Australian Bureau of Statistics
4611.0 - Environment Expenditure, Local Government, Australia, 2002-03
Latest ISSUE Released at 11:30 AM (CANBERRA TIME) 25/08/2004
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Local government spending on environment up
Australian local government spending on measures to protect the environment increased to $2.6 billion (b) during 2002-03, up 6% from 2000-01, according to the latest figures released by the Australian Bureau of Statistics.
Local government spending on natural resource management also increased to $1.9b (up 9%) over this period.
This was an average expenditure of $134 per person on environment protection and $99 per person on natural resource management activities.
The traditional council activities of solid waste management ($1.3b) and waste water treatment ($1b) were the major expenses for environment protection nationally. Water supply ($0.8b), and land management activities ($1.1b), were the main expenses for natural resource management.
Local government spent more on environment protection and natural resource management than revenue raised specifically for these activities. This meant that these measures were partially funded from general revenue sources.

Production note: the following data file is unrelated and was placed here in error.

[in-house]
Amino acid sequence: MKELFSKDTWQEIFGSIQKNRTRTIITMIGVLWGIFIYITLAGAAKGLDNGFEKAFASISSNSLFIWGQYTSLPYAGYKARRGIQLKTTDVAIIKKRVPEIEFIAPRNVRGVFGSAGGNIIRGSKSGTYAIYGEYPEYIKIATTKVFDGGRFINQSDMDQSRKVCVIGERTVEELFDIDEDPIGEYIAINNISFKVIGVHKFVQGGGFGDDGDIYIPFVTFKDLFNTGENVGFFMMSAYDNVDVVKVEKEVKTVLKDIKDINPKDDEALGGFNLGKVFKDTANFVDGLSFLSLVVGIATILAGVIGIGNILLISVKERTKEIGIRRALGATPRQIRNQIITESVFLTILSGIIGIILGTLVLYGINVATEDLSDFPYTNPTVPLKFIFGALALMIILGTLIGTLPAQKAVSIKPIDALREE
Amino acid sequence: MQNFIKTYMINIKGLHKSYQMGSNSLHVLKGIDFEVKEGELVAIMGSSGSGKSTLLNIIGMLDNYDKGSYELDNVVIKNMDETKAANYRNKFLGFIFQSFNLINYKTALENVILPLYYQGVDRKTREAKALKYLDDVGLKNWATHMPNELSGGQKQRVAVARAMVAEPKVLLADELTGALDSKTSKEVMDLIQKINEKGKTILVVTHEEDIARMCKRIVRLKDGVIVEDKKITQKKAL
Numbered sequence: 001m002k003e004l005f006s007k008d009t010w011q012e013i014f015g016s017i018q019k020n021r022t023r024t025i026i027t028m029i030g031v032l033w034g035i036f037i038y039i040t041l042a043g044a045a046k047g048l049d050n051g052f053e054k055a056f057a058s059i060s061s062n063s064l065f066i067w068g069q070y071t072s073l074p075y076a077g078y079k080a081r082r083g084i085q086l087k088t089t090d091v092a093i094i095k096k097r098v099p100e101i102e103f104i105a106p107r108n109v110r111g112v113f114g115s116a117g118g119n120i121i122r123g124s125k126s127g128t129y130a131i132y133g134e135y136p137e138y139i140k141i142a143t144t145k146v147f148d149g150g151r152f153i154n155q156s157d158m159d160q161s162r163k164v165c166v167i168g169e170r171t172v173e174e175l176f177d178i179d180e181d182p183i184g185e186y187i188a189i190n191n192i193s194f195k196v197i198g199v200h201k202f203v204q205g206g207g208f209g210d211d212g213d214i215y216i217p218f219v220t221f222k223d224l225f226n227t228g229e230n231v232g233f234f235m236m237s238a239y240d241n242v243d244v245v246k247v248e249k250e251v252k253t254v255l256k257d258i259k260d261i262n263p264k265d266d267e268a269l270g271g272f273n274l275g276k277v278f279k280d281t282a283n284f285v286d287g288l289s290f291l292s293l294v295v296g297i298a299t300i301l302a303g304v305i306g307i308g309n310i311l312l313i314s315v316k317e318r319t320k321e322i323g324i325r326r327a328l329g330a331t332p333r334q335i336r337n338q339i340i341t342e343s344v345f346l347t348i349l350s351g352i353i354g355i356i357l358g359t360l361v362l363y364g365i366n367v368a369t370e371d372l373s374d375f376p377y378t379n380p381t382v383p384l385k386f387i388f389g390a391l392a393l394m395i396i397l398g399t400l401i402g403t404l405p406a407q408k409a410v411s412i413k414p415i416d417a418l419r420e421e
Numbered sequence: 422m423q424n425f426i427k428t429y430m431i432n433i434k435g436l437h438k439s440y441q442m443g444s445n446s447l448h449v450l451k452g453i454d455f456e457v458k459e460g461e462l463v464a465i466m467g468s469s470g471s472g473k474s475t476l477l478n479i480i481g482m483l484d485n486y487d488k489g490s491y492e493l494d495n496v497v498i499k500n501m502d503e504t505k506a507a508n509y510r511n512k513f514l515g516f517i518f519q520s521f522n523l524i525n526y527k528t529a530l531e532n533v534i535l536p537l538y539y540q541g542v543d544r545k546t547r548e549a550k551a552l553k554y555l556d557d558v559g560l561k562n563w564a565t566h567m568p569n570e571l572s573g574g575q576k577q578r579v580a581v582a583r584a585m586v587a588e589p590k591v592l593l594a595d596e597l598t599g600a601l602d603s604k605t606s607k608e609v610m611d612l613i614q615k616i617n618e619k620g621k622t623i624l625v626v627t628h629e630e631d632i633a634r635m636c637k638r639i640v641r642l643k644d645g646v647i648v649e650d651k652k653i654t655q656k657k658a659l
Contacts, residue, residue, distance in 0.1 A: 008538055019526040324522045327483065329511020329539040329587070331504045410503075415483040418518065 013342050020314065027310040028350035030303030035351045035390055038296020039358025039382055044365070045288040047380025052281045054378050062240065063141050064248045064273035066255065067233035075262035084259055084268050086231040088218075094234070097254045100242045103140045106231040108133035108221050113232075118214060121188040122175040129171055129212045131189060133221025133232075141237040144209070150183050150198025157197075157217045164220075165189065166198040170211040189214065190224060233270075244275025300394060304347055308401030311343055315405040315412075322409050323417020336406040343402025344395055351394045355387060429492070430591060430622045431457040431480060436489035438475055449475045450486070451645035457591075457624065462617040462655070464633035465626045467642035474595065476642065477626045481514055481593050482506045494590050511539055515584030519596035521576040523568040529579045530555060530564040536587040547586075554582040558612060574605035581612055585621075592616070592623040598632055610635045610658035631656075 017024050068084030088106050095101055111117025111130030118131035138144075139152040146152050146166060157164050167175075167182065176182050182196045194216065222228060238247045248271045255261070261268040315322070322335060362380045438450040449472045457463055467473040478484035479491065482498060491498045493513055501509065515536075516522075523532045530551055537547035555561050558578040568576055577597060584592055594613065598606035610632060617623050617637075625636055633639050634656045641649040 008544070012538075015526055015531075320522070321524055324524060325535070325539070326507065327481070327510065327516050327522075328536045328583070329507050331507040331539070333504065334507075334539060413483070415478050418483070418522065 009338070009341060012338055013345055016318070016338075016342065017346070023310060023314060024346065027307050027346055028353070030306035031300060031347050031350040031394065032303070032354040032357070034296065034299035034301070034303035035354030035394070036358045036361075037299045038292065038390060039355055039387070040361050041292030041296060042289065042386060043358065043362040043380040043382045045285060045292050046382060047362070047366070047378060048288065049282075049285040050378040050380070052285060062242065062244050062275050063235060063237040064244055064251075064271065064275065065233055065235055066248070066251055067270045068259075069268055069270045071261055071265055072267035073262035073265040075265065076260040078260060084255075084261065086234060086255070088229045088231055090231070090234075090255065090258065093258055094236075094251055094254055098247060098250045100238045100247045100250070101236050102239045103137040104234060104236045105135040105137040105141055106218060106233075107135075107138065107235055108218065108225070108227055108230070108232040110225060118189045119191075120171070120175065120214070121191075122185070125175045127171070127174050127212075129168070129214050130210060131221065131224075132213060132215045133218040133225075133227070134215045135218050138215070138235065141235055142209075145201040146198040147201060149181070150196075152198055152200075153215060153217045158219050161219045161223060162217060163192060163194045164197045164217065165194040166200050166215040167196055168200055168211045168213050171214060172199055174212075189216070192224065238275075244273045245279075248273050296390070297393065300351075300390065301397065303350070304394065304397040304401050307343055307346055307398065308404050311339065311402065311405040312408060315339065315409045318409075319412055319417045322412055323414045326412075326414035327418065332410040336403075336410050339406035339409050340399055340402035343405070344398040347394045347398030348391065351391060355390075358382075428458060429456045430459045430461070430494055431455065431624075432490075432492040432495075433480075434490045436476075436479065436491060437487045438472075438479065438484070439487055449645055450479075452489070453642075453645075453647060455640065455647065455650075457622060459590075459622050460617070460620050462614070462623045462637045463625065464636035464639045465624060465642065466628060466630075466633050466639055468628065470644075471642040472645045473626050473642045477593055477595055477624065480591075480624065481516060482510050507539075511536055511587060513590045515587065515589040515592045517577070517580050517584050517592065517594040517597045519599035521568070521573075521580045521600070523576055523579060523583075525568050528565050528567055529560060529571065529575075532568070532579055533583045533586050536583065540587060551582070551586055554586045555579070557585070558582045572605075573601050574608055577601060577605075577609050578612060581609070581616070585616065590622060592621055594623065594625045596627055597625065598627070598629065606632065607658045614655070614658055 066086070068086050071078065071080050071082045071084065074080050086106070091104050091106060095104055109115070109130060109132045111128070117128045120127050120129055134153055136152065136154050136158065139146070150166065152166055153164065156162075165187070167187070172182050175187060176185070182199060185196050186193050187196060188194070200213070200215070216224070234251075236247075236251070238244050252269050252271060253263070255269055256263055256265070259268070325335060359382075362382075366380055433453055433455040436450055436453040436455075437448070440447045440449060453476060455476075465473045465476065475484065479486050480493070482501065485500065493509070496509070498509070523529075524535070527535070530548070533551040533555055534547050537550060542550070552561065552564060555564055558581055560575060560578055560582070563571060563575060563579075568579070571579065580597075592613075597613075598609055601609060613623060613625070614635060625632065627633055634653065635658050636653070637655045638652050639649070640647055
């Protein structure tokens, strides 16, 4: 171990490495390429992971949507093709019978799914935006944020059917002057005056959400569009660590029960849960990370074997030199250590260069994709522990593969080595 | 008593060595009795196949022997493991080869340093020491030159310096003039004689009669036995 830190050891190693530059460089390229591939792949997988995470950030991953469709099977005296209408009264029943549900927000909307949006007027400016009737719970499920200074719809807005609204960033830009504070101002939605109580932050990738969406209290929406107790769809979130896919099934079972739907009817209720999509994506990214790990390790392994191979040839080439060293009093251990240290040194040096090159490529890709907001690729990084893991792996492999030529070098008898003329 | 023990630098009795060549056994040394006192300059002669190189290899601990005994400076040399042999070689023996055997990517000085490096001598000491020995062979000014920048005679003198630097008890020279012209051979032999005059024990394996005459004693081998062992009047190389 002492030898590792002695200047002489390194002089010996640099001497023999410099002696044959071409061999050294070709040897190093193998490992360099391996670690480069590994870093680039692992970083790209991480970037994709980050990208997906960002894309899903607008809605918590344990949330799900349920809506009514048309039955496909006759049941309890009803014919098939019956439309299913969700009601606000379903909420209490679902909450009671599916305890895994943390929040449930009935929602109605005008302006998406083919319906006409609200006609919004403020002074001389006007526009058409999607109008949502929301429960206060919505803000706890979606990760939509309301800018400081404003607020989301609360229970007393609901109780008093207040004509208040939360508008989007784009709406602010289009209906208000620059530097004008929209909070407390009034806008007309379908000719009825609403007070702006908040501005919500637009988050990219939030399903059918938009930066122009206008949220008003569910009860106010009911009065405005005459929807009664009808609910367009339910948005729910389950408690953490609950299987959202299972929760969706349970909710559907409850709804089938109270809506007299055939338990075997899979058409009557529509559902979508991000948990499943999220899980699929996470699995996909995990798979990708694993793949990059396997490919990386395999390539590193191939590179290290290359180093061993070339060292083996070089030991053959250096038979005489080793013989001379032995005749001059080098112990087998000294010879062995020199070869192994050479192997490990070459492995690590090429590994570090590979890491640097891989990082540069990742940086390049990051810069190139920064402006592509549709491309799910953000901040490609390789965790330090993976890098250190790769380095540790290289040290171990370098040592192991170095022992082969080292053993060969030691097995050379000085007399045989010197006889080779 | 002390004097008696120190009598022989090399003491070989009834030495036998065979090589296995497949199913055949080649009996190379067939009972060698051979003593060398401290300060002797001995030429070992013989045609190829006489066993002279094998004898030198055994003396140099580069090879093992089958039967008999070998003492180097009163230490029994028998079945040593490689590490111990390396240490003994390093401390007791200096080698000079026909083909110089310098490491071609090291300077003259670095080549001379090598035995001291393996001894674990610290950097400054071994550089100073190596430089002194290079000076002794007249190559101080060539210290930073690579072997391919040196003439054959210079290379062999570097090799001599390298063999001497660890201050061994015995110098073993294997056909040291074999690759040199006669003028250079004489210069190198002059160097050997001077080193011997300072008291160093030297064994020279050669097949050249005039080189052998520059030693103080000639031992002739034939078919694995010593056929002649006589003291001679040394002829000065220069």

Queensland and Tasmanian councils spent more per person than other states on environment protection and natural resource management activities. Queensland councils spent $222 per person on environment protection, whilst Tasmanian councils spent $212. Tasmania spent $235 per person on natural resource management, whilst Queensland spent $186.
Northern Territory councils spent the least per person on environment protection ($57), while Victorian councils spent the least on natural resource management ($46).
By comparison, councils in the Murray-Darling Basin spent $167 per person on environment protection and $152 per person on natural resource management.
Further information is in Environment Expenditure, Local Government, Australia 2002-03 (cat. no. 4611.0).
Media note: The high levels of expenditure by Queensland and Tasmania compared to the other states is due to councils in these two states having the major responsibility for water supply and sewerage. In other states these services are provided by a combination of councils and other state agencies.
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This page last updated 8 December 2006